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Systematic and Systematic-like Reviews

What is a systematic review?

"Systematic reviews seek to collate evidence that fits pre-specified eligibility criteria in order to answer a specific research question. They aim to minimize bias by using explicit, systematic methods documented in advance with a protocol." (Cochrane Handbook Version 6.1, 2020)

Systematic reviews have become crucial in evidence-based health care, where they are often used as the basis for clinical guidelines. They are also increasingly being used in other disciplines such as psychology, education, sociology, environmental science, engineering, and management.

 Key characteristics of a systematic review include:

  • a clearly defined topic, with pre-defined criteria for inclusion and exclusion of studies
  • a systematic and reproducible search strategy
  • the critical appraisal of included studies
  • a synthesis and systematic presentation of the findings of the included studies.

Not everybody is a proponent of the systematic review: "The idea of a systematic review is a nonsense, and the sooner those advocates of it are tried at the International Court of Human Rights in the Hague (or worse still, sent for counselling), the better." (Rees, 2002).

It could be that a Critically Appraised Topic (CAT) or Scoping Review is more relevant for your purposes. However, even a narrative review should be undertaken with systematic rigour, so parts of this guide will still be useful depending on how far you go with your research.

NOTE: A meta-analysis is a statistical way to combine quantitative data extracted from a systematic review. Every meta-analysis has a systematic review behind it, but not every systematic review results in a meta-analysis!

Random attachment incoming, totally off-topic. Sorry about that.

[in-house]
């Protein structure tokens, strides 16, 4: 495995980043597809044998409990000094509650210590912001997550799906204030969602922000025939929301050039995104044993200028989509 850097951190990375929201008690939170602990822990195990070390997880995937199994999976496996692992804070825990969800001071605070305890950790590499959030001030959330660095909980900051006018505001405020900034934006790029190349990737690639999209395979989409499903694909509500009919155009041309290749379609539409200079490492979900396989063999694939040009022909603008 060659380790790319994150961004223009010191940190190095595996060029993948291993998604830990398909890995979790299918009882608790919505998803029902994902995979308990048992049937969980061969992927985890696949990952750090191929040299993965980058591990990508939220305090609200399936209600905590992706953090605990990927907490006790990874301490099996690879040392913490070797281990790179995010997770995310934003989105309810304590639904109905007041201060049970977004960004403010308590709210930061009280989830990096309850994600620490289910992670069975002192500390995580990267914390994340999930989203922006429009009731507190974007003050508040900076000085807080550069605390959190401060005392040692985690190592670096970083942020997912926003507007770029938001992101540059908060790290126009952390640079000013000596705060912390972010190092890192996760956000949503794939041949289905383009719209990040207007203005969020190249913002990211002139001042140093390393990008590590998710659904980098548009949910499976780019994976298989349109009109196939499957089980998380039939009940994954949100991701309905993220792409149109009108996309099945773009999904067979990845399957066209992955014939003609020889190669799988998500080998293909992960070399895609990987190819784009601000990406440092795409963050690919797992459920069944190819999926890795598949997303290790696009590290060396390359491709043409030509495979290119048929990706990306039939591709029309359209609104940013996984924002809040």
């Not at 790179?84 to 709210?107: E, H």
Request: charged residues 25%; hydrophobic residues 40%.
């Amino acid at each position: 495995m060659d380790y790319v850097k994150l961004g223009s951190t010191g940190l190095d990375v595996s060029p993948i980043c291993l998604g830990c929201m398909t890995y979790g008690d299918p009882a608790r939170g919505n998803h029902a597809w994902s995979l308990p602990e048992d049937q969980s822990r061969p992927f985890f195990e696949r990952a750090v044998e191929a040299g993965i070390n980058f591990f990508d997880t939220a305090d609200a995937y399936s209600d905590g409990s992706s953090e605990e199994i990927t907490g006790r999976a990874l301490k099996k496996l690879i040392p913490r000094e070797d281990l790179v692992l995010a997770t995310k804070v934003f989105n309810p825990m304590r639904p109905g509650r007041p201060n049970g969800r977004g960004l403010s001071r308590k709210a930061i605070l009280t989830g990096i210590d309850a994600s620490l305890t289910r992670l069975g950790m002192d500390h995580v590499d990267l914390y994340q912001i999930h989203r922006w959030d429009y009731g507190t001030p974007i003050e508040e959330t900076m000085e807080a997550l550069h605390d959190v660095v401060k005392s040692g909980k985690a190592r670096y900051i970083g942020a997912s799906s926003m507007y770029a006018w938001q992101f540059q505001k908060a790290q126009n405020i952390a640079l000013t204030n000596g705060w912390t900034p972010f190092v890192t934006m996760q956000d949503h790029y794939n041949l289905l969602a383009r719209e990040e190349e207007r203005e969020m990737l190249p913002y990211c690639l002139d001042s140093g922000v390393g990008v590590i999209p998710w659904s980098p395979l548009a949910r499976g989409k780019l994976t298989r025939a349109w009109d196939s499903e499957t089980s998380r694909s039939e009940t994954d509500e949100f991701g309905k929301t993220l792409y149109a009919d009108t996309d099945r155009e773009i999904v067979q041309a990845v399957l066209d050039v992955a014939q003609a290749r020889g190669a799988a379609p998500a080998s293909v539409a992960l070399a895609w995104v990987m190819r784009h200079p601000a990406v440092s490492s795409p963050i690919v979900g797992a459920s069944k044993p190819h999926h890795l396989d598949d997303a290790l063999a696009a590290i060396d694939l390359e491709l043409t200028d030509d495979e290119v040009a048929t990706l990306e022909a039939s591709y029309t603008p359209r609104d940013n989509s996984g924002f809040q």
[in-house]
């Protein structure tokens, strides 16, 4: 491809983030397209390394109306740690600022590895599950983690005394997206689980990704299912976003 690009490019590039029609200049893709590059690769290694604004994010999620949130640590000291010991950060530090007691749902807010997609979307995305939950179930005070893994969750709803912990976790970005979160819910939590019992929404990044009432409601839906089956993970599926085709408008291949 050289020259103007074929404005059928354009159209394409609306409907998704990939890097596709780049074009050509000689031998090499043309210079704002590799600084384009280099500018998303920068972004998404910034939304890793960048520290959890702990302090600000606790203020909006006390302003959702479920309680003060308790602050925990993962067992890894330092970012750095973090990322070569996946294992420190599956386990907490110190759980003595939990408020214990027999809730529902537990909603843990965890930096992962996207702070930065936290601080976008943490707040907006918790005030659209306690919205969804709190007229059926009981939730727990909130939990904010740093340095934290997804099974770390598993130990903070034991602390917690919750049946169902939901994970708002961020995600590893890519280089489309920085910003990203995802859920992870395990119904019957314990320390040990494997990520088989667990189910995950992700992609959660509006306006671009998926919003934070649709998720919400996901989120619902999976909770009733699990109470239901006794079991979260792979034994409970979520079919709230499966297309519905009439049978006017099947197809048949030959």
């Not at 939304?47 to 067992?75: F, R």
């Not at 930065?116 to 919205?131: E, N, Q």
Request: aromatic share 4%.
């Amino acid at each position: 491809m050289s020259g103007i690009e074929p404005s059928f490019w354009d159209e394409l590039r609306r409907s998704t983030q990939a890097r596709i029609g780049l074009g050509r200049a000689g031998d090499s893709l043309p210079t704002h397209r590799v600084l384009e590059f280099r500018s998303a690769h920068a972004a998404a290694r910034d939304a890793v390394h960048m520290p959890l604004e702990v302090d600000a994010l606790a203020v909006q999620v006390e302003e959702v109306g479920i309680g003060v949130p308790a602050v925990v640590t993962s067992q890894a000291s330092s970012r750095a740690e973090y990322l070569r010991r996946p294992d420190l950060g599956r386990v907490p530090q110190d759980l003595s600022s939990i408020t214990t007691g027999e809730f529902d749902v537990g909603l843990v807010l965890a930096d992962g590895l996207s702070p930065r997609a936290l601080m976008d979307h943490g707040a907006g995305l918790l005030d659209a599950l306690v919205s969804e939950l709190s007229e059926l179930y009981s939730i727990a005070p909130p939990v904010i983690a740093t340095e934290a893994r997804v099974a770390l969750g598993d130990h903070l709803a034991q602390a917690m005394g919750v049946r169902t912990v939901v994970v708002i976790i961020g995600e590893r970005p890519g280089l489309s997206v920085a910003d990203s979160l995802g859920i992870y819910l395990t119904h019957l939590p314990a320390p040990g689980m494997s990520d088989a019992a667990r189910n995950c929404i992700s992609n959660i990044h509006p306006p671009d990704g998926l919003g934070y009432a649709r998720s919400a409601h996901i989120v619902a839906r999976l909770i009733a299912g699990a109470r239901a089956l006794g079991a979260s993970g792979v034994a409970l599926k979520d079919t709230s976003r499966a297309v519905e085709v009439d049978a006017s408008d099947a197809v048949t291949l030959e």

Rees, J. L. (2002). Two cultures? Journal of the American Academy of Dermatology, 46(2), 313-314. doi:10.1067/mjd.2002.120618

What's the difference between reviews?

Researchers, academics and librarians all use various terms to describe different types of literature reviews, and there is often inconsistency between the ways the types are discussed. Here are a couple of simple explanations.

The image below describes common review types in terms of speed, detail, risk of bias and comprehensiveness:

Description of the differences between review types in image form

"Schematic of the main differences between the types of literature review" by Brennan, M. L., Arlt, S. P., Belshaw, Z., Buckley, L., Corah, L., Doit, H., Fajt, V. R., Grindlay, D., Moberly, H. K., Morrow, L. D., Stavisky, J., & White, C. (2020). Critically Appraised Topics (CATs) in veterinary medicine: Applying evidence in clinical practice. Frontiers in Veterinary Science, 7, 314. https://doi.org/10.3389/fvets.2020.00314 is licensed under CC BY 3.0

 

The table below has been adapted from a widely used typology of fourteen types of reviews, (Grant & Booth, 2009).  Here are four of the most common types:

REVIEW TYPE DESCRIPTION TIMEFRAME NO. OF REVIEWERS
Systematic review Seeks to systematically search for, appraise, and synthesise research evidence so as to aid decision-making and determine best practice. Can vary in approach, and is often specific to the type of study, which include studies of effectiveness, qualitative research, economic evaluation, prevalence, aetiology, or diagnostic test accuracy. 8 months to 2 years 2 or more
Rapid review Assesses what is known about an issue by using a systematic review method to search and appraise research and determine best practice. 2-6 months 2
Scoping review Assesses the potential scope of the research literature on a particular topic. Helps determine gaps in the research. (See the page in this guide on Scoping reviews.) 2-8 weeks 1-2
Traditional (narrative) literature review Identifies and reviews published literature on a topic, which may be broad. Typically employs a narrative approach to reporting the review findings. Can include a wide range of related subjects. 1-4 weeks 1

For a more detailed list of review types, see:

Grant, M.J. & Booth, A. (2009).  A typology of reviews: An analysis of 14 review types and associated methodologies. Health Information & Libraries Journal, 26(2), 91-108. https://doi.org/10.1111/j.1471-1842.2009.00848.x

See also the Library's Literature Review guide.

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